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Aligning Business with Poker Planning

Théo Carrive

CTO at Cheerz

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Problem

I currently work as a CTO in a company that went from just 4 people to 80 in four years. Vision of the product was mostly led by the two co-founders. With the growth, after numerous people joined us, even if we tried to always present the plan and ask for feedback, we noticed that people did not feel involved in the projects we were developing. People had the impression that we did not care about their department's requests and they came to be a bit cynical about the roadmap decisions. It led to politics, bad mood, and poor team efficiency.

Actions taken

For each squad/roadmap, we set-up a bi-monthly meeting called "business refinement". This meeting involved around eight business owners, representing all the departments (CRM, Acquisition, Customer Support, Marketing, etc.), and the Product Owner. After an update of the current Squad challenges and current projects, the PO makes people estimate the business value of each task that we have in the icebox, exactly the same way as Poker Planning for developers:

  • Product Owner pitches the task
  • Each business owner picks up a card (1, 2, 3, 5, 8), according to how much he/she thinks the task is important for the company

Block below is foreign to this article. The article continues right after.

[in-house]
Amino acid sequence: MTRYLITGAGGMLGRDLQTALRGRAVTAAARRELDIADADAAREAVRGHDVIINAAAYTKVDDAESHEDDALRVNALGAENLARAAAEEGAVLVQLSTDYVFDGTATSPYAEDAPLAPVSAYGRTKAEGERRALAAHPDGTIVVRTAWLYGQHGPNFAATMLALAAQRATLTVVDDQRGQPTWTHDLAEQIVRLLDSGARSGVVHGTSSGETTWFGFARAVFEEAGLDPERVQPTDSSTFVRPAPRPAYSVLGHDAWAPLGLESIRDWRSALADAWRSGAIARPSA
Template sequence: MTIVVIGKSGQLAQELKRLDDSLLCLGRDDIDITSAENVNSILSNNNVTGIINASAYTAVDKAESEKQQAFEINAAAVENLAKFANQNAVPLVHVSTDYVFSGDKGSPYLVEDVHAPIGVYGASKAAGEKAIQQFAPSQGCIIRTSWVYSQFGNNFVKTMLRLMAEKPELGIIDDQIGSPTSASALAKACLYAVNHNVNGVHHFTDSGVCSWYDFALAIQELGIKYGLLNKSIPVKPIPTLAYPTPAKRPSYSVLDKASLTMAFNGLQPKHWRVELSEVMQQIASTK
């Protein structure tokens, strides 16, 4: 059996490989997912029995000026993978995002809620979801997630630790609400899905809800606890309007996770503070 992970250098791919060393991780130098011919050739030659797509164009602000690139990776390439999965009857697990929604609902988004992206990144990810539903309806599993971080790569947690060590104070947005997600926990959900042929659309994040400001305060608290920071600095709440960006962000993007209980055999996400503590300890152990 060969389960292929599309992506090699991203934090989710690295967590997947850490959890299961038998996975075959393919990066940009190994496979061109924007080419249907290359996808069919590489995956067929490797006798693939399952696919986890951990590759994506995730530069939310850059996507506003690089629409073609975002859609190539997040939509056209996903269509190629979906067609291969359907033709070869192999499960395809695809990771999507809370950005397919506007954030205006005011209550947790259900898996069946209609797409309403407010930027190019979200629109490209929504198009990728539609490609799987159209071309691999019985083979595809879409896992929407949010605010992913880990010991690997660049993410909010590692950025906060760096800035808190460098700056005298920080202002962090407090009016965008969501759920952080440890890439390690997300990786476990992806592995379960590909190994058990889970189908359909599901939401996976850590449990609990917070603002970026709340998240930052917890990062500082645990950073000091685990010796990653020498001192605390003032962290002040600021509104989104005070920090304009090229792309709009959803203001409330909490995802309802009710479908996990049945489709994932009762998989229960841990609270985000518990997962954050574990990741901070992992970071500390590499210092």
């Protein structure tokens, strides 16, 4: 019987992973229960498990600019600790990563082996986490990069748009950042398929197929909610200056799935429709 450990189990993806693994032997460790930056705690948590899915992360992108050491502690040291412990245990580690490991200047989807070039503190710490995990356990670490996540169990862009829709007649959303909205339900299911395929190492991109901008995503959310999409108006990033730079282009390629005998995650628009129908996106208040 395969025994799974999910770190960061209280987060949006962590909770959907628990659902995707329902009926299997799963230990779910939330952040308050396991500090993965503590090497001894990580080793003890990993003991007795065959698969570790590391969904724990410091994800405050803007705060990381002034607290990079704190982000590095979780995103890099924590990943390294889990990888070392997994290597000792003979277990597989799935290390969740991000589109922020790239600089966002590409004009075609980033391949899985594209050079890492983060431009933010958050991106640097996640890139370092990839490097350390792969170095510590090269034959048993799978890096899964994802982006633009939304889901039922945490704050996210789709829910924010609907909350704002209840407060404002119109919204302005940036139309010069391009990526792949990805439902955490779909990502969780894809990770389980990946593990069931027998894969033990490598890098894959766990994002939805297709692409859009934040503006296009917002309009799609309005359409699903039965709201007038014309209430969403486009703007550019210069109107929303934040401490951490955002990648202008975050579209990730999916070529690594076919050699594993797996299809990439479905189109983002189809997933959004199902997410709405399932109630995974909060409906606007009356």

• We count to three, then everybody displays their cards
  • If there are discrepancies between estimations, we let people with the biggest differences speak, then we re-vote
  • When all tasks are estimated, we use WSJF to display a first sorting and we refine it together to eventually change the sorting When we leave this meeting, everybody has a clear view of what will be done, why, and why some projects that seemed important at first are in the end prioritized lower than others.

Lessons learned

Engagement and alignment are key for efficiency. One great way to nurture these two items is to involve people often. This methodology has really helped us:

  • Improve the communication between different departments and the technical team
  • Identify when some persons have different understanding of the benefits of some projects, and then make sure we all end up with the same understanding
  • Stop cynicism and critics about roadmap decisions
  • Create engagement and alignment on the roadmap, that can then spread into each department

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Théo Carrive

CTO at Cheerz


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